Back flushing a pool - add DE each time?

We have a small pool in our home owner's association. We have a pool maintenance person who I trust to keep the pool safe enough to pass yearly health department checks but I don't trust him to know this:
During the winter we turn off the heat and cut the pump/DE filter time down to four hours a day. A couple inches of rain requires that we back flush the pool so that it doesn't overflow into the adjoining spa that we are heating.
My question is should I be adding DE every time I back flush the pool? During a wet winter I might be back flushing 10 times. Does it hurt the filter grids inside the filter if they do not have DE on them while the pump is pushing water through them?
\\Samson
Add pictures here
<% if( /^image/.test(type) ){ %>
<% } %>
<%-name%>
Add image file
Upload
No, it doesn't hurt the filter, it hurts your health if that's the only thing used to filter the hot tub. Bacteria grows a lot faster in warm water. DE is cheap, why run the risk of getting someone sick?

Add pictures here
<% if( /^image/.test(type) ){ %>
<% } %>
<%-name%>
Add image file
Upload

I agree with your logic, and yes DE is cheap. But I forgot to mention that the spa is on a different heater, filter and pump system.

Add pictures here
<% if( /^image/.test(type) ){ %>
<% } %>
<%-name%>
Add image file
Upload
Samson wrote:

When you back flush the FILTER, it looses some DE.
Do you have to backflush the FILTER to pump water out of the pool?
Mark
Add pictures here
<% if( /^image/.test(type) ){ %>
<% } %>
<%-name%>
Add image file
Upload

Yes. Pulling the handle on the backflush valve system reverses the direction of the water through the filter and also routes the water coming out of the filter into a drain to the sewer.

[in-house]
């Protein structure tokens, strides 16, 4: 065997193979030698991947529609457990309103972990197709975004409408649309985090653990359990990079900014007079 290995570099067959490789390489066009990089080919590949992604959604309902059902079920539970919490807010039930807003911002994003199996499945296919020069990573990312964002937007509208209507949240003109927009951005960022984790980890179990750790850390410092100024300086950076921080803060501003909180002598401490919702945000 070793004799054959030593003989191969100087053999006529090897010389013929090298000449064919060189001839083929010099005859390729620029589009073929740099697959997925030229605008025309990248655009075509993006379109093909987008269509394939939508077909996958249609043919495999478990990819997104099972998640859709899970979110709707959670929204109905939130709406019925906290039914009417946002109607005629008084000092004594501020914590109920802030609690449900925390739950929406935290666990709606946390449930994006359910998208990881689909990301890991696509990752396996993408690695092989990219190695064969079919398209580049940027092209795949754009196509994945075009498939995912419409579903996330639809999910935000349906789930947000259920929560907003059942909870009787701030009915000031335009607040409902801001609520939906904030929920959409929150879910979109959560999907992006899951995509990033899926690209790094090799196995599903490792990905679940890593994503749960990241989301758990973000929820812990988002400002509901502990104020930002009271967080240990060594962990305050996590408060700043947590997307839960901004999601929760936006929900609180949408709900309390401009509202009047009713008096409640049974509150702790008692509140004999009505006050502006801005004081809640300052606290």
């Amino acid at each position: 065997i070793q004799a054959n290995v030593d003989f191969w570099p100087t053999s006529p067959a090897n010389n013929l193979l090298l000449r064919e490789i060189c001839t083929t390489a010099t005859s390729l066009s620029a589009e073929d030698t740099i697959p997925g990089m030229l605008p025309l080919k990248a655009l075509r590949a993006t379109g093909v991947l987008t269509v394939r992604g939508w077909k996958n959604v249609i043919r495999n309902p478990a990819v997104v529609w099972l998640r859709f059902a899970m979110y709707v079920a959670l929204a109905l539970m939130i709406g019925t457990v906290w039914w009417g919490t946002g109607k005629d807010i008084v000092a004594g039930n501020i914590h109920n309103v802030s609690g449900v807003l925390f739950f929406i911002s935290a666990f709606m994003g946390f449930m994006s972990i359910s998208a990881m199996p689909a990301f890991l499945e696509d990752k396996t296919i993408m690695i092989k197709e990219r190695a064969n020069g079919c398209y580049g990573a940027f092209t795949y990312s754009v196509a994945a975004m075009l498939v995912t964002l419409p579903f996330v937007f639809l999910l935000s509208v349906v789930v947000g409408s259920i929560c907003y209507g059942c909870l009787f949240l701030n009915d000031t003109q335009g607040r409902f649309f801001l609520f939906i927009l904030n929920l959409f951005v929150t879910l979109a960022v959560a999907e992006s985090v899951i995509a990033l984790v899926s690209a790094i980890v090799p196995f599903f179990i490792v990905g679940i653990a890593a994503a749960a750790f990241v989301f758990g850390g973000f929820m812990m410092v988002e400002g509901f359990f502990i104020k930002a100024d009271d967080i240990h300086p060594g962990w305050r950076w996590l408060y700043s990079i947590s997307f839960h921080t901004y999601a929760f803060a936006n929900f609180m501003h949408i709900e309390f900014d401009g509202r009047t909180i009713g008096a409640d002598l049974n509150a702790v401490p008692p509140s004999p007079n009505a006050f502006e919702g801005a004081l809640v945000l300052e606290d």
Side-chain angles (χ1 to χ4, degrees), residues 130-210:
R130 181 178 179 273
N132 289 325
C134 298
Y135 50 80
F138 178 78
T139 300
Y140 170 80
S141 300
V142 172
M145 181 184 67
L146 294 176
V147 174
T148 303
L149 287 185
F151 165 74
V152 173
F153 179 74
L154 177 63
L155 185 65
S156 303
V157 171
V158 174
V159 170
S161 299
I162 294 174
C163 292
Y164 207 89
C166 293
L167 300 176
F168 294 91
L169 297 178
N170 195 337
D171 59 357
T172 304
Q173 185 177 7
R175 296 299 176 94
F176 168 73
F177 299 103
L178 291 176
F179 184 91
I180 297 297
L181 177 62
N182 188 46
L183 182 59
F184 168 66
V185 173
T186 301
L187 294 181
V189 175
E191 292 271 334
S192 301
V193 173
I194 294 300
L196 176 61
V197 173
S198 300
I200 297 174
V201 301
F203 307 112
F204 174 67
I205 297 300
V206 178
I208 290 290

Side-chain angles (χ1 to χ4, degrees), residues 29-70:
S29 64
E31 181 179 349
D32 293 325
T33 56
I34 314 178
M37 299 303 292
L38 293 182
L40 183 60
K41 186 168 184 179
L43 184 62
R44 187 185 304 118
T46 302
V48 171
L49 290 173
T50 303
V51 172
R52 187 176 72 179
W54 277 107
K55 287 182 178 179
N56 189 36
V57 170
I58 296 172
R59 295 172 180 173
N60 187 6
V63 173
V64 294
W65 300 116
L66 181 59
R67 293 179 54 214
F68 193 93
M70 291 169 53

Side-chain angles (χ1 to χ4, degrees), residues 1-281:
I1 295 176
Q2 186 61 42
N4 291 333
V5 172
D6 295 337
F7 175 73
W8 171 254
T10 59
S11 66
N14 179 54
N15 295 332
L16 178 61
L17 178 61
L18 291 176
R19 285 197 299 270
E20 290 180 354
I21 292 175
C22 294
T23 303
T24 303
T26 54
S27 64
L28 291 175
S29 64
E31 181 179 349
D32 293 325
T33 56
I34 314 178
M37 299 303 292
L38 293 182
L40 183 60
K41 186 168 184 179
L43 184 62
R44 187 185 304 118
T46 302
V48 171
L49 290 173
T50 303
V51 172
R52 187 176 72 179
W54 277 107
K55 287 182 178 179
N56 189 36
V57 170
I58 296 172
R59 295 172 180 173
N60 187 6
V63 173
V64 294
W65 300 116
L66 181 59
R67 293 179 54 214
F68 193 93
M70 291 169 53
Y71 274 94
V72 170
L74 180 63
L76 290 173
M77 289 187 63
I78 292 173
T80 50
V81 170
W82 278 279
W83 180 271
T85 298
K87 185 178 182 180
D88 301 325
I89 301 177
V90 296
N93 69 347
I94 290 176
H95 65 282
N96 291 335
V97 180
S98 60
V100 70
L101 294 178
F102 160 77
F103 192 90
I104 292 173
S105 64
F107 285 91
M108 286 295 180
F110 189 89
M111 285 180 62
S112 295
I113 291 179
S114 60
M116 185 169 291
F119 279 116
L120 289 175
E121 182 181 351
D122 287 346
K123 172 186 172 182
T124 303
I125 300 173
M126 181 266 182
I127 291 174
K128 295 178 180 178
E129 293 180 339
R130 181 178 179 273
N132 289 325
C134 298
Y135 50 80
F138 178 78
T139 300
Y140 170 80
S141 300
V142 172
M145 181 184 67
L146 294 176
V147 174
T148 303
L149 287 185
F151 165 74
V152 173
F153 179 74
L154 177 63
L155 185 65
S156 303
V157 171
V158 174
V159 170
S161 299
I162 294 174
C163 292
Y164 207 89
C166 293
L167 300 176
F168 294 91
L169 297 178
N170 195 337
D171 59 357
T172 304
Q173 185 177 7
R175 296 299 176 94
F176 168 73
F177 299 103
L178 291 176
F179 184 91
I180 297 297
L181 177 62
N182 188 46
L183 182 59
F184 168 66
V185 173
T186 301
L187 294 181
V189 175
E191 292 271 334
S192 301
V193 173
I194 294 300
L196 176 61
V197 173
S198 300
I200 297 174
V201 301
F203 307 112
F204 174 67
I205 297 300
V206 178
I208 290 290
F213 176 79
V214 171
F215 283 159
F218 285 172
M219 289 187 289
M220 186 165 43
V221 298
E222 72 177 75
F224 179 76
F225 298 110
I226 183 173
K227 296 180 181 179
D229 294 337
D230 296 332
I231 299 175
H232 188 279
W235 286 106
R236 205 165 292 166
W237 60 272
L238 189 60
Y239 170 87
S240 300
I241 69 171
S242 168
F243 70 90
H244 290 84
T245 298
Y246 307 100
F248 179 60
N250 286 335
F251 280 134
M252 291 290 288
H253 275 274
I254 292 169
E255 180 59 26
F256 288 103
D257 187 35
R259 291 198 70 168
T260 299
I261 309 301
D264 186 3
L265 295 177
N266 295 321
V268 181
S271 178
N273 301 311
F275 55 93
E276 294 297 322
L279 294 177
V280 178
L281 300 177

\\Samson
Add pictures here
<% if( /^image/.test(type) ){ %>
<% } %>
<%-name%>
Add image file
Upload
When you back-flush a DE filter, the DE gets flushed out. You need to add more if people are using the pool, if not, then you don't even need to run the filter, just make sure your chlorine levels are ok.

Add pictures here
<% if( /^image/.test(type) ){ %>
<% } %>
<%-name%>
Add image file
Upload
Samson wrote:

Most of the DE is disposed of with the backwash. Running the filter without DE can prematurely clog and damage the filter grids. Disposing of DE prematurely is both economically and environmentally inefficient. Better solutions include adding a drain valve to the filter system somewhere past the pump output, using a portable sump pump, or using a siphon hose if there is a location within reach that is lower than the preferred water level.
Add pictures here
<% if( /^image/.test(type) ){ %>
<% } %>
<%-name%>
Add image file
Upload
on our aboveground sand filter we have another option: to lower the water level you can just pump to WASTE as if you were vacuuming the pool. waste and backwash go out the same discharge hose.
Add pictures here
<% if( /^image/.test(type) ){ %>
<% } %>
<%-name%>
Add image file
Upload

==========\\ As someone else suggested...pump to waste and bypass the filter entirely...
Maybe there are some filters that do not have a gate position marked "waste" but to be honest I have never seen one... My pool filter and all the lines were drained and plugged when I closed my pool down so my filter is now non functional until spring...so I can not use it to drain excess water out of the pool
I am forced to drop a small pump attached to a garden hose into the pool during the winter to keep the water level below the skimmer and return lines... I just dump the water on the ground about 50 foot behind my pool... In fact today is a nice day so I am pumping water as I type this...
Bob G.
Add pictures here
<% if( /^image/.test(type) ){ %>
<% } %>
<%-name%>
Add image file
Upload

HomeOwnersHub.com is a website for homeowners and building and maintenance pros. It is not affiliated with any of the manufacturers or service providers discussed here. All logos and trade names are the property of their respective owners.